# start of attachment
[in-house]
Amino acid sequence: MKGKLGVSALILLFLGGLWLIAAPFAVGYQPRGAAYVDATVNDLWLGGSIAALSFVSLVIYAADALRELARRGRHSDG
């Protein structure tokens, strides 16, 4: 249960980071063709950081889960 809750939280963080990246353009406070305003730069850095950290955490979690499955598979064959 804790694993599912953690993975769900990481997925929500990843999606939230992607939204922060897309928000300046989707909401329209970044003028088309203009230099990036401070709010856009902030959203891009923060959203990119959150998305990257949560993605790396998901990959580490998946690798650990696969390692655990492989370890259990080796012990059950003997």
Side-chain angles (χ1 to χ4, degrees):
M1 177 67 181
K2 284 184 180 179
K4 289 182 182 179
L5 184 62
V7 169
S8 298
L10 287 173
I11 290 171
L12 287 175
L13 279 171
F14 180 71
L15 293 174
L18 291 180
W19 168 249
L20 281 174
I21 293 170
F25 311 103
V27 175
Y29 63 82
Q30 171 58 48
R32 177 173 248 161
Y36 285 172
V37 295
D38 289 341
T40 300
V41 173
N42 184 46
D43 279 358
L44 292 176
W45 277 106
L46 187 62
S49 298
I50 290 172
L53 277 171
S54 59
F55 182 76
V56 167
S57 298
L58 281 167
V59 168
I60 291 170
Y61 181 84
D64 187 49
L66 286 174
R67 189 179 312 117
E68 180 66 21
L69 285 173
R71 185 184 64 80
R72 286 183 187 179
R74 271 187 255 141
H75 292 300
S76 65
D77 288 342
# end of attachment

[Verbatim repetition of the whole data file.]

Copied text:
[in-house]
Amino acid sequence: MKGKLGVSALILLFLGGLWLIAAPFAVGYQPRGAAYVDATVNDLWLGGSIAALSFVSLVIYAADALRELARRGRHSDG
């Protein structure tokens, strides 16, 4: 249960980071063709950081889960 809750939280963080990246353009406070305003730069850095950290955490979690499955598979064959 804790694993599912953690993975769900990481997925929500990843999606939230992607939204922060897309928000300046989707909401329209970044003028088309203009230099990036401070709010856009902030959203891009923060959203990119959150998305990257949560993605790396998901990959580490998946690798650990696969390692655990492989370890259990080796012990059950003997």
Side-chain angles (χ1 to χ4, degrees):
M1 177 67 181
K2 284 184 180 179
K4 289 182 182 179
L5 184 62
V7 169
S8 298
L10 287 173
I11 290 171
L12 287 175
L13 279 171
F14 180 71
L15 293 174
L18 291 180
W19 168 249
L20 281 174
I21 293 170
F25 311 103
V27 175
Y29 63 82
Q30 171 58 48
R32 177 173 248 161
Y36 285 172
V37 295
D38 289 341
T40 300
V41 173
N42 184 46
D43 279 358
L44 292 176
W45 277 106
L46 187 62
S49 298
I50 290 172
L53 277 171
S54 59
F55 182 76
V56 167
S57 298
L58 281 167
V59 168
I60 291 170
Y61 181 84
D64 187 49
L66 286 174
R67 189 179 312 117
E68 180 66 21
L69 285 173
R71 185 184 64 80
R72 286 183 187 179
R74 271 187 255 141
H75 292 300
S76 65
D77 288 342